Tyler Consolidated’s 2021-2022 boys basketball season wasn’t without significant accomplishments, perhaps the most notable of which was a sectional championship that the Silver Knights attained by virtue of a one-point win against Clay-Battelle.
TCHS finished 15-10 and came within one game, or more specifically one half, of the program’s second state tournament berth since 2002. Ultimately, the Silver Knights fell short in their quest to end the campaign in Charleston when they were outscored by 19 points in the second half of a Class A Region I co-final in a 49-38 season-ending setback to Cameron.
“We were up eight at halftime last season in the regional against Cameron and kind of let it slip away,” Silver Knights’ head coach Steven Nutter said. “That left a bad taste in our mouth. Right now, Tyler is a November to March basketball school and we’re still trying to build the program to where we’re playing twelve months a year where it’s a priority and we’re able to grow the program a little bit.”
The Silver Knights had four seniors on last season’s roster, though two — Caleb Strode and Haygen Baker — were responsible for approximately half of the team’s scoring, according to Nutter.
Strode was a Class A first-team all-state selection each of his last two seasons at Tyler and wrapped up his successful prep career with a 21.3 scoring average last season.
“We’re probably not going to have anybody that averages 21 and 11 [rebounds] a game,” Nutter said.
There are unquestionably big shoes to fill, but the Silver Knights’ approach has left Nutter impressed. During the three-week summer period, TCHS has competed in a 12-game league at Williamstown, hosted its own 20-team shootout and played in Robert C. Byrd’s Shootout. The Silver Knights were also to play this week at the Elite Center in Parkersburg.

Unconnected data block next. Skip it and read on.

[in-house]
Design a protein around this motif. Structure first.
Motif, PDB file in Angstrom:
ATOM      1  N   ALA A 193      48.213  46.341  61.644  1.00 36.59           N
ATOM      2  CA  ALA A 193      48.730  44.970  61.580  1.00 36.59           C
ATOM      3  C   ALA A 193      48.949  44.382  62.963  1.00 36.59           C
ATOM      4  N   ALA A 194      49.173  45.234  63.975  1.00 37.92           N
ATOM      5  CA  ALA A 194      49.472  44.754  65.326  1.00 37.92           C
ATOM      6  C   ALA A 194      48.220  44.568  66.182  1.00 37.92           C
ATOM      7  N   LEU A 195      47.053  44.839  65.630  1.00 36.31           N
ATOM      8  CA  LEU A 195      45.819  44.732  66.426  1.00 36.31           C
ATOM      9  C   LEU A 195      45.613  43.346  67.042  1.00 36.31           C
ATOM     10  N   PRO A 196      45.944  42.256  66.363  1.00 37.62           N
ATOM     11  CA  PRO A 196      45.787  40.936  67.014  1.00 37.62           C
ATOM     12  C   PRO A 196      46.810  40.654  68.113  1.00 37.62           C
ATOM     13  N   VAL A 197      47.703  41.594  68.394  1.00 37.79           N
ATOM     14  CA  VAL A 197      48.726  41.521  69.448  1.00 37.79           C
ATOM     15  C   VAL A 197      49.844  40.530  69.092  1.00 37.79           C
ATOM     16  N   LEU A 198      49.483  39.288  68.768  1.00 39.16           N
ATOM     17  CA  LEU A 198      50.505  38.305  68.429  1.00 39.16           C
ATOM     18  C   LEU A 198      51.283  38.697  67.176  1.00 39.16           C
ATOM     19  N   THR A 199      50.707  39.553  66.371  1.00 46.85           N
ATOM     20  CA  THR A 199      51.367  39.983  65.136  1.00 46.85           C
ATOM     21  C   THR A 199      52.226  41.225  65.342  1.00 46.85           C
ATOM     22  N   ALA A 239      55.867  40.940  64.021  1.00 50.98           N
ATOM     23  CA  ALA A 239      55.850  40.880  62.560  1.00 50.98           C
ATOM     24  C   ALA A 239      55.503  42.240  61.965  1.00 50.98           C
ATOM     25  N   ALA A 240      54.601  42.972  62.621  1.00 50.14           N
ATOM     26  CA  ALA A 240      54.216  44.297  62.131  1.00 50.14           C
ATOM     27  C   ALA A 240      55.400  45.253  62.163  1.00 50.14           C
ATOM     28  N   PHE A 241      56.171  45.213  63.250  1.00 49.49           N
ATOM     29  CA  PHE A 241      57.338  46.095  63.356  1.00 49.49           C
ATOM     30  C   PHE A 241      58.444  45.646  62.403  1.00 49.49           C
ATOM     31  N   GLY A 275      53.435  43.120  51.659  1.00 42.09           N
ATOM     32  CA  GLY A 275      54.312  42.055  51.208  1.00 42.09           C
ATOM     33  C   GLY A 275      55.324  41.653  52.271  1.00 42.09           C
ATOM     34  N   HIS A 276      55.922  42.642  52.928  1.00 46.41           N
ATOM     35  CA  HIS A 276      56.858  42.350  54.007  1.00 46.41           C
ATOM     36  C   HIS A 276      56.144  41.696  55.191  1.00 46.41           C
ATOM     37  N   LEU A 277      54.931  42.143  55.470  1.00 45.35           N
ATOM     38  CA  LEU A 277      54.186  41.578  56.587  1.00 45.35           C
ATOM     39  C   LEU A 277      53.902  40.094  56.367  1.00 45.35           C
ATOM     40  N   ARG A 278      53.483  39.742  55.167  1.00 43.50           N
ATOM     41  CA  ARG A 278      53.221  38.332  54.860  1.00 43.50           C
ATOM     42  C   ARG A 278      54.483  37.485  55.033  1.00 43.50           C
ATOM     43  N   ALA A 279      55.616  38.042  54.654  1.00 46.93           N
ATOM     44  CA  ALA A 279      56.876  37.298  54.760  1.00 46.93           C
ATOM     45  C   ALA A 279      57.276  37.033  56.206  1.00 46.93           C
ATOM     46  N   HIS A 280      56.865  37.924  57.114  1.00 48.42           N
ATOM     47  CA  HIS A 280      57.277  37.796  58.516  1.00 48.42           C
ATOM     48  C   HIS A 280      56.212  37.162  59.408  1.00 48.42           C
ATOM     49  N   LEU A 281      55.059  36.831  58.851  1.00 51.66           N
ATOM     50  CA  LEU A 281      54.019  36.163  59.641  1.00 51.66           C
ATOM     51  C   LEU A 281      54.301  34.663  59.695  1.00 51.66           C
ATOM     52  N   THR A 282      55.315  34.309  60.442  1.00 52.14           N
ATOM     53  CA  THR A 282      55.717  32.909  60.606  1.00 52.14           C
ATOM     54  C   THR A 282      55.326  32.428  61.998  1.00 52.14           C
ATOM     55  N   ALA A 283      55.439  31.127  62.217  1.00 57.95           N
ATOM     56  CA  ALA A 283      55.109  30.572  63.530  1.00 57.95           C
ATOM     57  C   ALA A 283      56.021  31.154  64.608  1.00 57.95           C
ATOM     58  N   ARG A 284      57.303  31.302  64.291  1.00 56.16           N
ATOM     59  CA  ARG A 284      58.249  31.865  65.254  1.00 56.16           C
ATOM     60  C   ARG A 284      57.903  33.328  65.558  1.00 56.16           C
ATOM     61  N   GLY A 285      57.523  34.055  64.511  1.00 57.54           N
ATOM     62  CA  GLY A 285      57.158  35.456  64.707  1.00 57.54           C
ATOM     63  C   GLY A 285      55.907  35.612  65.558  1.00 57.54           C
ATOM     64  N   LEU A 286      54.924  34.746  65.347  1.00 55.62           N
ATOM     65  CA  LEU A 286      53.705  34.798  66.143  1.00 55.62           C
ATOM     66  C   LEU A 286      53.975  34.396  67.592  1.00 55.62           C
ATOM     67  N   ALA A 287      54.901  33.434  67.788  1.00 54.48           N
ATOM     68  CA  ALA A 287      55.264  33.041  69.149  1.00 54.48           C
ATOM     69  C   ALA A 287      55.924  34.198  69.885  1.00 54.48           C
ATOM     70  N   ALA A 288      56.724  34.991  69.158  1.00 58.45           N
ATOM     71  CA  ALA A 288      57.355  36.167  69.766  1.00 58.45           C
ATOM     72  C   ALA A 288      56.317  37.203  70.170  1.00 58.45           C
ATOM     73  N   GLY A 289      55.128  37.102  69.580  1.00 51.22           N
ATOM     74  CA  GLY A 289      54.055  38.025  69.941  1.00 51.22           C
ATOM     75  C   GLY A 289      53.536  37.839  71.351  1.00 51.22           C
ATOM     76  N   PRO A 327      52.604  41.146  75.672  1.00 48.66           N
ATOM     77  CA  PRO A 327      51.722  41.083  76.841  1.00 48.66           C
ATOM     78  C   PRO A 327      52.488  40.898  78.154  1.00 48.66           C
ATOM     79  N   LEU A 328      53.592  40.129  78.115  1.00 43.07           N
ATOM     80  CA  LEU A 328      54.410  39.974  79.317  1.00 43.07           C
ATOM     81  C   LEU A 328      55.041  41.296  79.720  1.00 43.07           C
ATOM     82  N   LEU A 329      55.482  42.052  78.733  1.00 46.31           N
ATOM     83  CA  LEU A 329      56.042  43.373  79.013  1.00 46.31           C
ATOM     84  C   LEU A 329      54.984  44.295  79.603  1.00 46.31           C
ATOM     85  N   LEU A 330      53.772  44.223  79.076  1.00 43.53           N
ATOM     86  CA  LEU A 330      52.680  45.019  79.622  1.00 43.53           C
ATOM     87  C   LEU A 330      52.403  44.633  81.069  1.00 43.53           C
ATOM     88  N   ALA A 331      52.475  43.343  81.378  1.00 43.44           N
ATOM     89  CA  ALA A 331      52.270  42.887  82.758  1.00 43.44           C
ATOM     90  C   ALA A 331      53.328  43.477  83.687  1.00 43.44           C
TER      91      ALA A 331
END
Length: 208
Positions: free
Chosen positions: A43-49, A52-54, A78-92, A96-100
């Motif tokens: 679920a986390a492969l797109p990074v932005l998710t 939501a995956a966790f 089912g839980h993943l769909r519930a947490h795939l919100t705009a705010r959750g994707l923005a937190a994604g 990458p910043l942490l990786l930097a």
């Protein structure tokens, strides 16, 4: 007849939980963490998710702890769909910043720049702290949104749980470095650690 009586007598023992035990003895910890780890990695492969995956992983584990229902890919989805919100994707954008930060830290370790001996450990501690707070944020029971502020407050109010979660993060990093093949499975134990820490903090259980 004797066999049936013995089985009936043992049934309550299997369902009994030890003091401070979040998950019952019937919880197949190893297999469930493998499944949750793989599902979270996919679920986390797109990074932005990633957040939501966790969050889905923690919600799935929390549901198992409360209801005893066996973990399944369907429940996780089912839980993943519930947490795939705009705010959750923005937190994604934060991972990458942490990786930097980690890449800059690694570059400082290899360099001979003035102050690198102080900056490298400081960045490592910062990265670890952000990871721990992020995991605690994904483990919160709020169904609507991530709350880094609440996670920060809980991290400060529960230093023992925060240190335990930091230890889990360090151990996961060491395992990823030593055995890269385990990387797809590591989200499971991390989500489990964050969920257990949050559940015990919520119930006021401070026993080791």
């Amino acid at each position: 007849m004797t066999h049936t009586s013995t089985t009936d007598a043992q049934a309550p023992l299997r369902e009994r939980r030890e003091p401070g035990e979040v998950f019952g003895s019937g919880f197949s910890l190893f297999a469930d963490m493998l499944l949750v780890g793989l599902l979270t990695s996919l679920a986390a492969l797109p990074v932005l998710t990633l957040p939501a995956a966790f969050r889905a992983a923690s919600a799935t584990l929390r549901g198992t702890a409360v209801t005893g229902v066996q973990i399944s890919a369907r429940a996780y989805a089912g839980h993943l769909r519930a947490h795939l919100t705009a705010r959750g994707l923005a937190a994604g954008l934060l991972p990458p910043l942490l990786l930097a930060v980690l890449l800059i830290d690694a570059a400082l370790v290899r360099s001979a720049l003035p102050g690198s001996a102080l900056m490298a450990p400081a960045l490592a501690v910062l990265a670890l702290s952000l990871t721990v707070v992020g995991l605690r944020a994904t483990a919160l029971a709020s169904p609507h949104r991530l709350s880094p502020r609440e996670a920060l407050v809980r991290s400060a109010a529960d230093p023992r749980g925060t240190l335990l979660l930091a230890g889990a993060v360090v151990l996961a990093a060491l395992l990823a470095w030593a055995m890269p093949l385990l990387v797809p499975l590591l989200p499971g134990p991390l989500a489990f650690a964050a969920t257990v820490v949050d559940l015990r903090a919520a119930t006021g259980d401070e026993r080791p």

“We’re going to have to play 94 feet, create chaos and get it up and down the floor,” Nutter said. “We have a really good group of guards and a nice group of athletes and they’ll do whatever is asked. They condition hard in practice, run a lot in practice and do a lot of skill work and work on little things. They’re a good group of kids that’ll get after it and they’re hungry to win.”
At the forefront of that group is rising senior Connor Bailey, a point guard who will be a three-year starter and four-year varsity player. The southpaw is not only being counted on for more on court production, but the loss of a successful senior class leaves behind a leadership void that Nutter has seen Bailey assume more of.
“He’s played outstanding all summer and he’s been a leader to the young kids,” Nutter said. “He’s really tried to teach them and coach them as we’ve gone. He hasn’t been one of those main leaders, because he hasn’t had to be. Now, he’s had to step into that role and he’s embraced it.”
Bailey was one of six juniors on last season’s squad, as was Hayden Brown, an interior presence expected to fill some of the void Strode leaves behind while returning from injury.
Nutter’s team should benefit from its experience, though the head coach is also a believer in the program’s younger players rising through the ranks.
“We have some younger guys that have committed themselves to basketball and some really good middle school coaches that have been coaching the guys up and bringing them through the system,” he said.
Having inexperienced players work with more experienced players has been a focal point of Nutter’s during a three-week period the coach feels Tyler has largely gotten what it hoped to out of it.
“It’s nice really in the summer and this three-week period, we just try to get these guys together to mesh some of the younger kids with the older kids,” Nutter said. “We’re not doing anything in particular on defense. We’re really just trying to play some man, get them to learn how to play with each other and grow as a unit.”